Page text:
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It's Still Early Days for Real-Time Bidding

It's Still Early Days for Real-Time Bidding

"One of the biggest constraints right now is available volume: Big brand advertisers love programmatic media buying, but need considerable traffic to make it worth their while," noted Fiksu's Steve Bagdasarian. Meanwhile, "the absence of cookie-based data and lack of established third-party data-management platforms on mobile have made the transition more difficult than expected."

By Erika Morphy
09/17/13 5:00 AM PT

Real-time bidding holds numerous benefits for mobile marketers, but there are downsides to the ad technology as well.

In particular, the dominant theme to that downside is that RTB -- at least for mobile ad formats and mobile platforms -- is still in its early days. More specifically, while the technology may have been around for several years, it's only recently that it has scaled to the point where mobile marketers can use it.

Why is that a problem? Here's one example: While there are many bidders out there, not many of them have significant programmatic intelligence behind them, Steve Bagdasarian, vice president of business development and traffic strategy at Fiksu, told CRM Buyer.

'More Difficult Than Expected''

"Without insightful algorithms for analytics and strategic bid placement, much of the promise of RTB remains unfulfilled or inconsistent," Bagdasarian explained.

RTB also doesn't yet enjoy the same market share on mobile as it does online, he added -- even as that share is slowly increasing.

"One of the biggest constraints right now is available volume: Big brand advertisers love programmatic media buying, but need considerable traffic to make it worth their while," he noted.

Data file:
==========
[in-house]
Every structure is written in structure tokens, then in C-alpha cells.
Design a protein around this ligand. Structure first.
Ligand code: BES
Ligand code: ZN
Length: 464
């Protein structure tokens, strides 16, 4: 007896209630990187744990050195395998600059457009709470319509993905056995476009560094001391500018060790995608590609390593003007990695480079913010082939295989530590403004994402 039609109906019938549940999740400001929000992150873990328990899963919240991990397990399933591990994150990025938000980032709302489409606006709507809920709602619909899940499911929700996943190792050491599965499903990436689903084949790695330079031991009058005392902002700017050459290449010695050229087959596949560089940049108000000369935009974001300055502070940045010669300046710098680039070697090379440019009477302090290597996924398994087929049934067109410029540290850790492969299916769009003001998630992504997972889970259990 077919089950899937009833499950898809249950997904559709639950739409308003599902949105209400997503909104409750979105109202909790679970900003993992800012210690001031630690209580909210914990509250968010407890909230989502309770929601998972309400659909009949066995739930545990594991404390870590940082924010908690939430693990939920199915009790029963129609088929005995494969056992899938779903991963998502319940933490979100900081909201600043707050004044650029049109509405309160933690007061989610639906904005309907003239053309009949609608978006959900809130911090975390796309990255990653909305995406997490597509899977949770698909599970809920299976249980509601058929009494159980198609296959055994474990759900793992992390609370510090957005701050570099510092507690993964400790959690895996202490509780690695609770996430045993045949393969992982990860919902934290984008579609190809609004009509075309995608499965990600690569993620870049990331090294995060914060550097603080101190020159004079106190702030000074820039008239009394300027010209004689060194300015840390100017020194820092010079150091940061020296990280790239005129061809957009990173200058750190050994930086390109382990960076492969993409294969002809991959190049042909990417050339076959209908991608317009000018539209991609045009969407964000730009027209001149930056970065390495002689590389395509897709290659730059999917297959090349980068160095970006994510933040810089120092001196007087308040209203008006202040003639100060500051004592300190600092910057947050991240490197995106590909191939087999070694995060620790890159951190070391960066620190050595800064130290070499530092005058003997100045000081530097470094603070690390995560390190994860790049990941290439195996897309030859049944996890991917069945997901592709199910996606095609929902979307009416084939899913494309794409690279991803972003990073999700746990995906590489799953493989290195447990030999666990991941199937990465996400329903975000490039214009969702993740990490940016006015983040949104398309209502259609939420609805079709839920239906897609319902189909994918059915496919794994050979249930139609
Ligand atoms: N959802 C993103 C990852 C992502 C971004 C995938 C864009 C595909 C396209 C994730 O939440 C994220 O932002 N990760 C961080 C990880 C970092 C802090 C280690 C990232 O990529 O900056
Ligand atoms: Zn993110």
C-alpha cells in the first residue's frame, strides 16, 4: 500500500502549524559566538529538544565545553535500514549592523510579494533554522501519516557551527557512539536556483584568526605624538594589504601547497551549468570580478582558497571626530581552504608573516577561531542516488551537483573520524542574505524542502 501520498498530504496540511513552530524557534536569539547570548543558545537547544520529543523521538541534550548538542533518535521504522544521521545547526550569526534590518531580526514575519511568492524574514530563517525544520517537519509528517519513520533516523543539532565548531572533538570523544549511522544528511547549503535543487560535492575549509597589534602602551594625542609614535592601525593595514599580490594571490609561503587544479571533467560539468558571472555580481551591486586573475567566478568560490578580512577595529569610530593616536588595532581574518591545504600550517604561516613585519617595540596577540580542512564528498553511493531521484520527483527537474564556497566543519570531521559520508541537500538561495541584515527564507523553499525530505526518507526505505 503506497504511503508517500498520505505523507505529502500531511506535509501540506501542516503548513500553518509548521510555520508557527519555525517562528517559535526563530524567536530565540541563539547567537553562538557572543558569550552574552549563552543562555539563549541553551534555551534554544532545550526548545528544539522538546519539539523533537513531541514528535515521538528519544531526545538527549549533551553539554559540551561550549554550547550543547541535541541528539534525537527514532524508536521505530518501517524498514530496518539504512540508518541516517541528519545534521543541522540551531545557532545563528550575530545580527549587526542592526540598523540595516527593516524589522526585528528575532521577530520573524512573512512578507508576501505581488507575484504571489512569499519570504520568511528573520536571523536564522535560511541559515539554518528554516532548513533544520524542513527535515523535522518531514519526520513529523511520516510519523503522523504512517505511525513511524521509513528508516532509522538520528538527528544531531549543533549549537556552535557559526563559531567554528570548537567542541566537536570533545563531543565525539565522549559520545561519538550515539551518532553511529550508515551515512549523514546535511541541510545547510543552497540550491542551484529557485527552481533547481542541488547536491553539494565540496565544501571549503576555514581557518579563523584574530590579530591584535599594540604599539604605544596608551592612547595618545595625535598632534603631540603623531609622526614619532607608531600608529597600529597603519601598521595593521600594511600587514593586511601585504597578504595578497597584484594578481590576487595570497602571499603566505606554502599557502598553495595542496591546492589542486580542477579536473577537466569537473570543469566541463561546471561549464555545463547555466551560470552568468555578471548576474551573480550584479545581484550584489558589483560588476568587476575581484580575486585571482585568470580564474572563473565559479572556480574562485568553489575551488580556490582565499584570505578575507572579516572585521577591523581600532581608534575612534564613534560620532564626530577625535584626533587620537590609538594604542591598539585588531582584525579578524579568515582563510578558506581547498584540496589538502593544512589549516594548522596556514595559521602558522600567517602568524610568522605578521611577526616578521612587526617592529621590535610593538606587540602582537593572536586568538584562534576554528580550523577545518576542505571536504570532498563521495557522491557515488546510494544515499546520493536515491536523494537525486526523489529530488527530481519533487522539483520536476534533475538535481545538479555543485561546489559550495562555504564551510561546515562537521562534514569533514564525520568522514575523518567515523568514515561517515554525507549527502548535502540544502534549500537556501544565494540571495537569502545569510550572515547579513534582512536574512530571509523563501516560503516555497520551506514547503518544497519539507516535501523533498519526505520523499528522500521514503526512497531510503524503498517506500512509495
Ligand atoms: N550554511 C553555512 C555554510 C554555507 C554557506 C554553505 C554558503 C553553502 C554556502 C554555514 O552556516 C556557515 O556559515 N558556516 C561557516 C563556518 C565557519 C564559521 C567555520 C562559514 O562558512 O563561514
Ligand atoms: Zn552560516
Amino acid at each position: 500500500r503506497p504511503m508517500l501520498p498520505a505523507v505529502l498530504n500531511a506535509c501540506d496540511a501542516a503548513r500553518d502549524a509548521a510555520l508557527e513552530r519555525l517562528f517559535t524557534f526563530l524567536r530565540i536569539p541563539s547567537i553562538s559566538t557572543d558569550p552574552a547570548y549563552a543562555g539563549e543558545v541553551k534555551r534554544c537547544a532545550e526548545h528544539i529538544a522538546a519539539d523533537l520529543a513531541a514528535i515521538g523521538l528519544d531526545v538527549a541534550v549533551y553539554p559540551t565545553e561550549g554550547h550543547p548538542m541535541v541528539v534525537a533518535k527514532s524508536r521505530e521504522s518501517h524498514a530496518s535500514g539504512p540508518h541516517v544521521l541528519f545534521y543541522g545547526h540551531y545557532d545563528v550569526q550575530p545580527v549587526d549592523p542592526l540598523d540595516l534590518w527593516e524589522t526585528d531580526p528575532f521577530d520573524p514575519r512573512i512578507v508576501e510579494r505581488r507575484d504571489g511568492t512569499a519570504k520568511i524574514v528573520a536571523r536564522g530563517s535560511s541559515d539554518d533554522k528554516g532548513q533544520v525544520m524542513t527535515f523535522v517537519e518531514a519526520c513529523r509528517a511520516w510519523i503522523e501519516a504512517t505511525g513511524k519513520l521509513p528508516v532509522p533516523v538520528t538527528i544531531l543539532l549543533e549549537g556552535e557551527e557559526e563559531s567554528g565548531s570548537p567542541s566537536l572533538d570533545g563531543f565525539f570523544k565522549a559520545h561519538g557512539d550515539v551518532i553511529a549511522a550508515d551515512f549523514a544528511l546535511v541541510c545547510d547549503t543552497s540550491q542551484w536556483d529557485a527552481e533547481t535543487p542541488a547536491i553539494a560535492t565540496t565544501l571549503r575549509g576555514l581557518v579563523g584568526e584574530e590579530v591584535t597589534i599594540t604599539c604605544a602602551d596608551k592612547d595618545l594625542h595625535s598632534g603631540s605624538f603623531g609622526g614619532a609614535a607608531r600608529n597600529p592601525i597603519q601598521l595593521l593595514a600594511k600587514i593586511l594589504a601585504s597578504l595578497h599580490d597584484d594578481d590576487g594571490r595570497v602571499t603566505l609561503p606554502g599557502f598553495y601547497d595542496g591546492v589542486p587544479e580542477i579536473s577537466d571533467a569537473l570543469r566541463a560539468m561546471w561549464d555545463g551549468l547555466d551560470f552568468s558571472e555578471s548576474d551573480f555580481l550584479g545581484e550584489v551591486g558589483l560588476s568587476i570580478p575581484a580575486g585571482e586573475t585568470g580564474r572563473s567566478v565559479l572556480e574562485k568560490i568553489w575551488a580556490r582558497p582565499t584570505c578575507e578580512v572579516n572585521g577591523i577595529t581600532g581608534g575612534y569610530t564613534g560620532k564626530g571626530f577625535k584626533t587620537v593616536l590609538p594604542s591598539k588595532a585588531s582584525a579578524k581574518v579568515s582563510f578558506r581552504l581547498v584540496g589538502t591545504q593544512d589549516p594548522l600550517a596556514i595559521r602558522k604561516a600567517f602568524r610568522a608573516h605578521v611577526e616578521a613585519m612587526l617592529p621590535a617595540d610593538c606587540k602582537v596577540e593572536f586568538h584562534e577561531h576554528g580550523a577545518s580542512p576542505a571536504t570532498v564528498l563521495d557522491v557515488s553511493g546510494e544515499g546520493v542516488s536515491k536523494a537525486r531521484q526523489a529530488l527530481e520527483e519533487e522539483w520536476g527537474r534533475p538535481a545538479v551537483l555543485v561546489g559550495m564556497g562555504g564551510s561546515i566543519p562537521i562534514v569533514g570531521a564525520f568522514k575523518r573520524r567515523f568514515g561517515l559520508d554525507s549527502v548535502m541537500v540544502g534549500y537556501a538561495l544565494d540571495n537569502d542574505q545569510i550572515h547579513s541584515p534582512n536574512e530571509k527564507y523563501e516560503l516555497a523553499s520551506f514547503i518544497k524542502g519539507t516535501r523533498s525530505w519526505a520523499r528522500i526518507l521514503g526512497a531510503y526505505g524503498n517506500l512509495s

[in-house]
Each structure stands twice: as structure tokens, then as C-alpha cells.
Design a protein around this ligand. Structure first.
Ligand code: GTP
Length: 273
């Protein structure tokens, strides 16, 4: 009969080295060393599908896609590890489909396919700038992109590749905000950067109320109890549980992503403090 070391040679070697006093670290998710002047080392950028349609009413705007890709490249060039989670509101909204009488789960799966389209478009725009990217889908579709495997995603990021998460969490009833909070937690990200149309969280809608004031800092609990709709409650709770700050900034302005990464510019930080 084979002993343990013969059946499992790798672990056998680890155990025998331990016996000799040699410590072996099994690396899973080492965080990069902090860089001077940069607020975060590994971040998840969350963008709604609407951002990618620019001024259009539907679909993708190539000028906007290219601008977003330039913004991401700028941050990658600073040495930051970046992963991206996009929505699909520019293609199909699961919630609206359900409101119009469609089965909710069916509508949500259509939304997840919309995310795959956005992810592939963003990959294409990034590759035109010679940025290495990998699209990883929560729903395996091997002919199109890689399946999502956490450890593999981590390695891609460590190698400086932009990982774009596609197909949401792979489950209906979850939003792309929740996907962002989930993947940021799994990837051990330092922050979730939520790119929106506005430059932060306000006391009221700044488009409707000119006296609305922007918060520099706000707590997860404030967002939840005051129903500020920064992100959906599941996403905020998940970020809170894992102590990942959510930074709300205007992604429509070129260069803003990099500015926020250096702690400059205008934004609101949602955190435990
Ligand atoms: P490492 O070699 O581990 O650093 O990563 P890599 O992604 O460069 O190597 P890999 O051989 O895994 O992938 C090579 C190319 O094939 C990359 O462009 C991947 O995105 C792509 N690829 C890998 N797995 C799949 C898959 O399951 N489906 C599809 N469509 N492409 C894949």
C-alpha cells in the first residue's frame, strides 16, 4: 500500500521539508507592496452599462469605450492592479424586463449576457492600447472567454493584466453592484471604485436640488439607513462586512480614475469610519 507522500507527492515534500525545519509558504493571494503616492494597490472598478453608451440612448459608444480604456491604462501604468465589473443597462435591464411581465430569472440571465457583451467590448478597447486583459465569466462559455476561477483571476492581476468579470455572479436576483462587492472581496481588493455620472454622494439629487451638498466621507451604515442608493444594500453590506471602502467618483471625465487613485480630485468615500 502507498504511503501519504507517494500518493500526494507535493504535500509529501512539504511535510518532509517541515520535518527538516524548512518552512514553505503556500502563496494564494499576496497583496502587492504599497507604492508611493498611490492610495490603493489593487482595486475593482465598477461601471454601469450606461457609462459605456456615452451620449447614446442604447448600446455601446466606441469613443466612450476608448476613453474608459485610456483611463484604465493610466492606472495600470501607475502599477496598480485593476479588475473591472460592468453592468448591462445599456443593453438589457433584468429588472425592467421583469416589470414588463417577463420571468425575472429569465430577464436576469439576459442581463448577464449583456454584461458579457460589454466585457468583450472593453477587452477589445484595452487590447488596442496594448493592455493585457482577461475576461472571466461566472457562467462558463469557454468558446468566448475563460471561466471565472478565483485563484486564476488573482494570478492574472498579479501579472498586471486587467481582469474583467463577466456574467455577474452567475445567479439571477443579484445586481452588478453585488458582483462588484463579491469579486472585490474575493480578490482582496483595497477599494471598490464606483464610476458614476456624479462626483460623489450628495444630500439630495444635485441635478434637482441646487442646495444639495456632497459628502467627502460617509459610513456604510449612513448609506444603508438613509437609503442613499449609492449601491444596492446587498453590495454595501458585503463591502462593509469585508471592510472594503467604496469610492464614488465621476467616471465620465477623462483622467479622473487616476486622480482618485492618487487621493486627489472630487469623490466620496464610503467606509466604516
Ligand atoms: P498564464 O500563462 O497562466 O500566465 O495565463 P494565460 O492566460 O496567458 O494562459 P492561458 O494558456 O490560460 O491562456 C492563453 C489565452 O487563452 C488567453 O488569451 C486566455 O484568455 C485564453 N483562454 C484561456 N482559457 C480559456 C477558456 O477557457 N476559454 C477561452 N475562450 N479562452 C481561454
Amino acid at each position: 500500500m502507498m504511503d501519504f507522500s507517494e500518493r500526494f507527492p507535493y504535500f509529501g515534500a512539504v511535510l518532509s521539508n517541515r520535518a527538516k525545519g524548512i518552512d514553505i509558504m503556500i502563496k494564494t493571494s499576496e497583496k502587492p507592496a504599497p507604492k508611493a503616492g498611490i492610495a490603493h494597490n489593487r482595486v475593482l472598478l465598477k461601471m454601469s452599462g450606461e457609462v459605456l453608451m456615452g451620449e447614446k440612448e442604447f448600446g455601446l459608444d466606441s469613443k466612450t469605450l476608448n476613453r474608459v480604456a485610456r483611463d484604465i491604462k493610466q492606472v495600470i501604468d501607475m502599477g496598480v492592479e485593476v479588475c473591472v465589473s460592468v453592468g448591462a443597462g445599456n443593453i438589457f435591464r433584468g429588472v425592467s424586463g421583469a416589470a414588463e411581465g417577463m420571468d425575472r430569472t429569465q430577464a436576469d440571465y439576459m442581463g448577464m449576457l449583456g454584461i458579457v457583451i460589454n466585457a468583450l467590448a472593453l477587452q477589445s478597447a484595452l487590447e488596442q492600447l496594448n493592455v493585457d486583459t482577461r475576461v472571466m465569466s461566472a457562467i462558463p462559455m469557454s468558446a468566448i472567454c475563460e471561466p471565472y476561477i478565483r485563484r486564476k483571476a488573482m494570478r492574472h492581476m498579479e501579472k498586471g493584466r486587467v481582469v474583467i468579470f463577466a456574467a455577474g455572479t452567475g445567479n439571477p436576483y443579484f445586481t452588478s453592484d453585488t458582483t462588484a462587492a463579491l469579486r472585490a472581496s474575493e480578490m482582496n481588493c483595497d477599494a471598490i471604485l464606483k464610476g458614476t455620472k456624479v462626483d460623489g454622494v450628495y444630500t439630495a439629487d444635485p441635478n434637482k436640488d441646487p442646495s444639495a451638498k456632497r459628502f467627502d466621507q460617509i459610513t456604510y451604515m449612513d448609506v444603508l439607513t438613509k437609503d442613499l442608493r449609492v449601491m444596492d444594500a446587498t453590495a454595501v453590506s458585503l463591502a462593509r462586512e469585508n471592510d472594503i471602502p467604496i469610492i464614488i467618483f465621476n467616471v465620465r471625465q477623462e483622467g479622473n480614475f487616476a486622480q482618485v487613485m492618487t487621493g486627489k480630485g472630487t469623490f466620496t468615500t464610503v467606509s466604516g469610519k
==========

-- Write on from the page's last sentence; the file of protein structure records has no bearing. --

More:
Meanwhile, "the absence of cookie-based data and lack of established third-party data-management platforms on mobile have made the transition more difficult than expected for some marketers familiar with Web-based RTB."

Bigger Issues

A bigger problem is that mobile marketing in general, while very active and in hypergrowth mode, is also still in its early days.

For example, there's limited or no access to cookies on native applications and IP addresses for geotargeting are unreliable, Benjamin Masse, vice president and general manager of Triton Digital's a2x, pointed out.

Those two issues alone can make programmatic advertising more difficult to scale and roll out, he told CRM Buyer.

However, "many companies are currently working to address this issue," he added.

Certainly mobile marketing's business case can be fuzzy in many instances, especially when new technologies such as RTB are part of the mix.

"Mobile is still a relatively new media tactic for many of our clients, and there is a lot of exploration in terms of how to best leverage mobile advertising," Maggie Merklin, senior vice president at Analytic Partners, told CRM Buyer.

That said, "we expect programmatic buying to be a key part of this testing phase," she added.

Consider, though, the thought process clients have to work through as they approach mobile RTB. Historically, Merklin explained, mobile CPM rates have been lower than desktop, but with growth in mobile RTB ad technology the CPM rates are likely to increase.

Somehow, the industry is coming to the conclusion that "even with higher CPM, we do expect RTB to be cost-effective for marketers who leverage mobile advertising," Merklin said.

Bottom Line

Despite woes such as these, industry experts are bullish on the promise RTB technology holds for the mobile space. There's also the simple fact that in a hypercompetitive market, companies cannot afford to wait for every little kink and quirk to be settled.

"Many advertisers still find themselves in the 'real-time bidding technology 101' phase," Jason Morse, vice president of mobile products for Criteo, told CRM Buyer. "Add mobile marketing to the mix, and for some it's altogether uncharted territory."

With many advertisers still tinkering with ways to measure and analyze on mobile, efficiency and cost-effectiveness are largely looming achievements, he admitted.

Nevertheless, the bottom line is this, Morse concluded: "Savvy advertisers know they cannot sit on the sidelines while this growing channel can deliver better results."


Erika Morphy has been writing about technology, finance and business issues for more than 20 years. She lives in Silver Spring, Md.


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